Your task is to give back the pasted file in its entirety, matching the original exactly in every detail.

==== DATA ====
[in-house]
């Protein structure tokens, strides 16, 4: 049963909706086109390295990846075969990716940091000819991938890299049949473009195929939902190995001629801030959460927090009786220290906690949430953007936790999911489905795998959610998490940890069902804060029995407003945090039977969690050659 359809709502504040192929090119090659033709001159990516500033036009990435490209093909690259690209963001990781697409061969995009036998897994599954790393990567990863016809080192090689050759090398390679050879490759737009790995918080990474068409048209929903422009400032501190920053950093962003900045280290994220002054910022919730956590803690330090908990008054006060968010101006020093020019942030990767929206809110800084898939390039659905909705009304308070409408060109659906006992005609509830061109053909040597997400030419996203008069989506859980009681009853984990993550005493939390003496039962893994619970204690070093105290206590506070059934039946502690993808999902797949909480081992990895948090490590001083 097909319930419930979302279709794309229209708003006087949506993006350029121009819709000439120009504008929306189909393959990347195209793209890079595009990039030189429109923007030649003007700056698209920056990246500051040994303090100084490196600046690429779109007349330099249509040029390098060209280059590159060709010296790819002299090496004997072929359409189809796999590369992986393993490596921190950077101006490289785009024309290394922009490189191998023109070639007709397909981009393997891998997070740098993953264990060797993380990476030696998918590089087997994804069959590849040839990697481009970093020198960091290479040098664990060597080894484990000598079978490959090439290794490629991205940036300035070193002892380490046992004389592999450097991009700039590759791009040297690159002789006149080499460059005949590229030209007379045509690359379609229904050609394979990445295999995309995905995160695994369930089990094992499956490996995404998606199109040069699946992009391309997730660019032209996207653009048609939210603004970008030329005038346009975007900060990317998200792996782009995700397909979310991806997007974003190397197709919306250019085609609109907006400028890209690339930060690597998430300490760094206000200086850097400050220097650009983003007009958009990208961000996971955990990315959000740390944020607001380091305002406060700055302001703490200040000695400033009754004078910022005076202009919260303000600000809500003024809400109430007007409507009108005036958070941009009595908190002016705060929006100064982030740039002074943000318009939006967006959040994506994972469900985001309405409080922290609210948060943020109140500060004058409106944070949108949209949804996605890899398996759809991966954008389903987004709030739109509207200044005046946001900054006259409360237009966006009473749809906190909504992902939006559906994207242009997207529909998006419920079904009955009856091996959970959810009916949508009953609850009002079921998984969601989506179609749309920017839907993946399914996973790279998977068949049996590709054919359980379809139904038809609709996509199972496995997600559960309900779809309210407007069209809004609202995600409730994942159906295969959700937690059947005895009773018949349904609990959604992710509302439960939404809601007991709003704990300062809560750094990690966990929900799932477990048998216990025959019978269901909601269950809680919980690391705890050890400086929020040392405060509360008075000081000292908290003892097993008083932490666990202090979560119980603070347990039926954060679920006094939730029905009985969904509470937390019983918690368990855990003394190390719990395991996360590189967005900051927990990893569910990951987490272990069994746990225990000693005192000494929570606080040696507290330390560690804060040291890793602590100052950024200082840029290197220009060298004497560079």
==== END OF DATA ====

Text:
[in-house]
């Protein structure tokens, strides 16, 4: 049963909706086109390295990846075969990716940091000819991938890299049949473009195929939902190995001629801030959460927090009786220290906690949430953007936790999911489905795998959610998490940890069902804060029995407003945090039977969690050659 359809709502504040192929090119090659033709001159990516500033036009990435490209093909690259690209963001990781697409061969995009036998897994599954790393990567990863016809080192090689050759090398390679050879490759737009790995918080990474068409048209929903422009400032501190920053950093962003900045280290994220002054910022919730956590803690330090908990008054006060968010101006020093020019942030990767929206809110800084898939390039659905909705009304308070409408060109659906006992005609509830061109053909040597997400030419996203008069989506859980009681009853984990993550005493939390003496039962893994619970204690070093105290206590506070059934039946502690993808999902797949909480081992990895948090490590001083 097909319930419930979302279709794309229209708003006087949506993006350029121009819709000439120009504008929306189909393959990347195209793209890079595009990039030189429109923007030649003007700056698209920056990246500051040994303090100084490196600046690429779109007349330099249509040029390098060209280059590159060709010296790819002299090496004997072929359409189809796999590369992986393993490596921190950077101006490289785009024309290394922009490189191998023109070639007709397909981009393997891998997070740098993953264990060797993380990476030696998918590089087997994804069959590849040839990697481009970093020198960091290479040098664990060597080894484990000598079978490959090439290794490629991205940036300035070193002892380490046992004389592999450097991009700039590759791009040297690159002789006149080499460059005949590229030209007379045509690359379609229904050609394979990445295999995309995905995160695994369930089990094992499956490996995404998606199109040069699946992009391309997730660019032209996207653009048609939210603004970008030329005038346009975007900060990317998200792996782009995700397909979310991806997007974003190397197709919306250019085609609109907006400028890209690339930060690597998430300490760094206000200086850097400050220097650009983003007009958009990208961000996971955990990315959000740390944020607001380091305002406060700055302001703490200040000695400033009754004078910022005076202009919260303000600000809500003024809400109430007007409507009108005036958070941009009595908190002016705060929006100064982030740039002074943000318009939006967006959040994506994972469900985001309405409080922290609210948060943020109140500060004058409106944070949108949209949804996605890899398996759809991966954008389903987004709030739109509207200044005046946001900054006259409360237009966006009473749809906190909504992902939006559906994207242009997207529909998006419920079904009955009856091996959970959810009916949508009953609850009002079921998984969601989506179609749309920017839907993946399914996973790279998977068949049996590709054919359980379809139904038809609709996509199972496995997600559960309900779809309210407007069209809004609202995600409730994942159906295969959700937690059947005895009773018949349904609990959604992710509302439960939404809601007991709003704990300062809560750094990690966990929900799932477990048998216990025959019978269901909601269950809680919980690391705890050890400086929020040392405060509360008075000081000292908290003892097993008083932490666990202090979560119980603070347990039926954060679920006094939730029905009985969904509470937390019983918690368990855990003394190390719990395991996360590189967005900051927990990893569910990951987490272990069994746990225990000693005192000494929570606080040696507290330390560690804060040291890793602590100052950024200082840029290197220009060298004497560079």